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The Origins of Rehoboth Beach
Today’s City of Rehoboth Beach traces its beginnings as a municipality to March 19, 1891, when the Delaware General Assembly issued a new charter stating: “The purpose of said incorporation is the providing and maintaining of a permanent seaside resort, and to furnish the necessary and proper conveniences and attractions required to the success of the same.”
The City’s actual origins as a seaside resort go back to January 27, 1873, when “The Rehoboth Beach Camp Meeting Association of the Methodist Episcopal Church” was founded here to provide for summer religious gatherings. Using that name, and led by a Reverend Robert Todd, thirty incorporators secured a Charter from the state Legislature to create a “Christian sea-side resort.” Their plan was to encourage interested persons to take advantage of the seaside atmosphere and to fund the enterprise through sales of shares and property.
The Reverend Todd and his associates chose “Rehoboth Beach” as the name of their Camp Meeting Grounds. The source for the name is the Bible (Gen. 26:22); in early Hebrew, Rehoboth meant “broad places.” English explorers had given this name to nearby Rehoboth Bay in the 17th Century - no doubt in appreciation of its beautiful, broad expanse.
That same year, 1873, the Camp Meeting Association oversaw the construction of its religious Encampment Grounds and several small wooden structures known as “Tents,” such as the one on Christian Street which now serves as the museum of the Rehoboth Beach Historical Society. A Post Office was also established, the first of several hotels was built, and the original Rehoboth Boardwalk was constructed-eight feet wide and 1,000 yards long!
In 1878, the railroad was extended from Lewes to Rehoboth Beach, bringing more and more visitors to the City. Soon the seaside resort aspects overshadowed the Association’s religious orientation and activities. In 1879, the name of the enterprise was shortened to “The Rehoboth Beach Association,” and by 1881 the annual religious camp meetings were discontinued. New managers continued promoting investments in property and gave increased encouragement to resort-style facilities and entertainments. Although the number of permanent residents remained small, concerned business leaders, including some of the Association’s directors, now saw the need for a more conventional government. This led to the March 1891 action of the Delaware Legislature, revoking the 1873 Charter and its amendments and creating a municipal government under control of a Board of Commissioners.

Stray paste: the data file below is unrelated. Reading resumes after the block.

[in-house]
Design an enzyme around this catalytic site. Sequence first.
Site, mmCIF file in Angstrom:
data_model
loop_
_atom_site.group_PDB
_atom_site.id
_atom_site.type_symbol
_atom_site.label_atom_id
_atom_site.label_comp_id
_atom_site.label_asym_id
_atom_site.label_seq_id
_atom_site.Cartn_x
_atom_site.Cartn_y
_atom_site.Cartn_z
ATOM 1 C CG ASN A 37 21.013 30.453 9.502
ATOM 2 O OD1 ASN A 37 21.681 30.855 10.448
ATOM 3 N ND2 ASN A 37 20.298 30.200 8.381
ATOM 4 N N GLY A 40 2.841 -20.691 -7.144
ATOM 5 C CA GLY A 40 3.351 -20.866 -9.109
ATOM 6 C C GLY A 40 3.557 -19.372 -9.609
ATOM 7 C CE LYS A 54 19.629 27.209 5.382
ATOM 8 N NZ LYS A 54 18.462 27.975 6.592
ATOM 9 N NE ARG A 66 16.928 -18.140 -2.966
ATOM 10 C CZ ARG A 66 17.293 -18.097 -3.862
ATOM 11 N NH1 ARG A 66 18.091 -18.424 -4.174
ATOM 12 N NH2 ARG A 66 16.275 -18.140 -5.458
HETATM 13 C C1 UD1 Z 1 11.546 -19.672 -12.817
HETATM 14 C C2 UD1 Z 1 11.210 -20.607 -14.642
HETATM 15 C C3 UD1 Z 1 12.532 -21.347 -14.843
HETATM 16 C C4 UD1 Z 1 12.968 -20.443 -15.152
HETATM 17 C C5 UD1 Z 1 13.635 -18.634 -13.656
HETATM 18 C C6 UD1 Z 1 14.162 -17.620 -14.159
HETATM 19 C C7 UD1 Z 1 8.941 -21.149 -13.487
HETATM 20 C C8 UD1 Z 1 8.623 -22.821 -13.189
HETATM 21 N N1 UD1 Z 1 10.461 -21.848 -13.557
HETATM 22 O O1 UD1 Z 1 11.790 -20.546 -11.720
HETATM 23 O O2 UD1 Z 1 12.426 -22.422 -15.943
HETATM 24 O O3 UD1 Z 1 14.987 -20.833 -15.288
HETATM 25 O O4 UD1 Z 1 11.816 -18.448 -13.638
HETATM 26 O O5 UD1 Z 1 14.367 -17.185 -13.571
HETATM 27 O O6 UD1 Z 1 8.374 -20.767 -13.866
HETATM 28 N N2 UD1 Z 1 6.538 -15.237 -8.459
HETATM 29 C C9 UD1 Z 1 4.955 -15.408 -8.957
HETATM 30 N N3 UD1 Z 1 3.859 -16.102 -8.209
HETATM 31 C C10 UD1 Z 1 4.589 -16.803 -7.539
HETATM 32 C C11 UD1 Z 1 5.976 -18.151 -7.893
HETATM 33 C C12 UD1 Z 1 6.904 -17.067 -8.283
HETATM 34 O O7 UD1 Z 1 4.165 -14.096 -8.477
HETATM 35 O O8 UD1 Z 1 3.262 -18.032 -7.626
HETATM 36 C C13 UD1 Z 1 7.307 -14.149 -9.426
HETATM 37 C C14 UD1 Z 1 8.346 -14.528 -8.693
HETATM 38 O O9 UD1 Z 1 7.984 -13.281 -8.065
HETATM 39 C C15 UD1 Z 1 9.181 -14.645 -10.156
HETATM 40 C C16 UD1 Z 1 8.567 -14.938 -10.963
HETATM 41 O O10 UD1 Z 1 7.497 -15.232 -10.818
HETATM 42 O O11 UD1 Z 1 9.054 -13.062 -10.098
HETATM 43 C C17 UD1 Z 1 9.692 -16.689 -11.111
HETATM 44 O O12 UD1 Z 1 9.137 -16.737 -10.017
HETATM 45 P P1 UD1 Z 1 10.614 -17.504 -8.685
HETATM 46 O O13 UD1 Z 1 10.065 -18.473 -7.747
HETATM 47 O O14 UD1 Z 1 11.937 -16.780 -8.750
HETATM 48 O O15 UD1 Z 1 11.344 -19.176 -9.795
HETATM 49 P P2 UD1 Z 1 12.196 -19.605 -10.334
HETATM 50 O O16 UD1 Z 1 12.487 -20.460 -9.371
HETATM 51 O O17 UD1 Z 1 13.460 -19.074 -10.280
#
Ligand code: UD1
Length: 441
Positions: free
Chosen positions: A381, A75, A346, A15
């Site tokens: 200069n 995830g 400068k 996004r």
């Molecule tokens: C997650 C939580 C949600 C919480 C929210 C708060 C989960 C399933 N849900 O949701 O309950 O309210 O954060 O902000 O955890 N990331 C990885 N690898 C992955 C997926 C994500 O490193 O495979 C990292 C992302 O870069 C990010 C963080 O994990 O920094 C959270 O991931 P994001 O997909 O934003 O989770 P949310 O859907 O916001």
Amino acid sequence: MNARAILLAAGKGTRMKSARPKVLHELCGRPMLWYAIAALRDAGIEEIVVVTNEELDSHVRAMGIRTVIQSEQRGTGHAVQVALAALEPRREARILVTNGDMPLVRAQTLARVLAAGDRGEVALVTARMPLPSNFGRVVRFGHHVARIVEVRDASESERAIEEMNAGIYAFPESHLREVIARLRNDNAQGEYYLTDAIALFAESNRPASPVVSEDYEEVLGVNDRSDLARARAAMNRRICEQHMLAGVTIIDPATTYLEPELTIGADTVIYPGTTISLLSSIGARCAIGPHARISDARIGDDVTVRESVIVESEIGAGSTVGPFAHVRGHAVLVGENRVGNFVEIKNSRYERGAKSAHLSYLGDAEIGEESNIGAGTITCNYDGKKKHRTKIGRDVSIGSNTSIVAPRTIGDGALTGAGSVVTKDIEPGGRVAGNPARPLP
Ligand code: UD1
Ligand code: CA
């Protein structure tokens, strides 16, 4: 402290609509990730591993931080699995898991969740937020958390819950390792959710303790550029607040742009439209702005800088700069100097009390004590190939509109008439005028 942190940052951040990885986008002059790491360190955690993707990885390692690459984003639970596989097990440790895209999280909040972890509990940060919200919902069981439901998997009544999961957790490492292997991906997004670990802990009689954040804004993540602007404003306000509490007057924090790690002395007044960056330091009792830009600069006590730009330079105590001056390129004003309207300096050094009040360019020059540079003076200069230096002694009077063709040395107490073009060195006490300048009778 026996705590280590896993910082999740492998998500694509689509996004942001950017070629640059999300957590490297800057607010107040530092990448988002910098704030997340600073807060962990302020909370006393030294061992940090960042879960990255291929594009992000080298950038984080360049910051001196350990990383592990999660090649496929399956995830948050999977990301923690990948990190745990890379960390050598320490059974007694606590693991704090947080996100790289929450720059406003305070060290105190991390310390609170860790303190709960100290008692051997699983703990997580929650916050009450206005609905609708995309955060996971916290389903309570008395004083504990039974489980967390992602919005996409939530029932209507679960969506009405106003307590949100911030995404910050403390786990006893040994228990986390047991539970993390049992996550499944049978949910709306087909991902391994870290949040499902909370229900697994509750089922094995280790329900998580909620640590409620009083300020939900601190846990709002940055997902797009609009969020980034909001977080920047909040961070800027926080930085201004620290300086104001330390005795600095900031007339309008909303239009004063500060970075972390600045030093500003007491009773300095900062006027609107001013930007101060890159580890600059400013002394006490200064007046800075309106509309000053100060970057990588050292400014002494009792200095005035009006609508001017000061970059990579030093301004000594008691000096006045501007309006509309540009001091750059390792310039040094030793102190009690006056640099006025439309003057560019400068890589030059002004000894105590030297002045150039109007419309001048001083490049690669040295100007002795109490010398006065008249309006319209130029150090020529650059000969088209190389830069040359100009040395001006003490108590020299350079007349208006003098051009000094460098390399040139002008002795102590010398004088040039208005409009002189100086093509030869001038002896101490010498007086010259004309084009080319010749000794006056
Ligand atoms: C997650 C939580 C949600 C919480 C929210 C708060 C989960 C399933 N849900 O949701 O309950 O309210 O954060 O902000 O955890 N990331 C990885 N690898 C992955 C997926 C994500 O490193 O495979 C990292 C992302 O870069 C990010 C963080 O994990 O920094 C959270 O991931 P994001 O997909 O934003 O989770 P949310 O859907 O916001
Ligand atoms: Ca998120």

The 1891 Charter gave the municipality a completely new name: Cape Henlopen City. This name was unpopular from the beginning. So, in 1893, the Legislature changed the name to, simply: Rehoboth. And, in 1937, the official name was changed again to its present form: The City of Rehoboth Beach.
Throughout it’s more than 100 years, Rehoboth Beach has remained proud of its religious beginnings and its family oriented atmosphere. Generous, regular attention has been given to continuous fulfillment of the original purpose of the municipality: the furnishing of proper conveniences and attractions for the maintenance of a successful seaside resort.
Source: Warren H. MacDonald, Rehoboth Beach Historical Society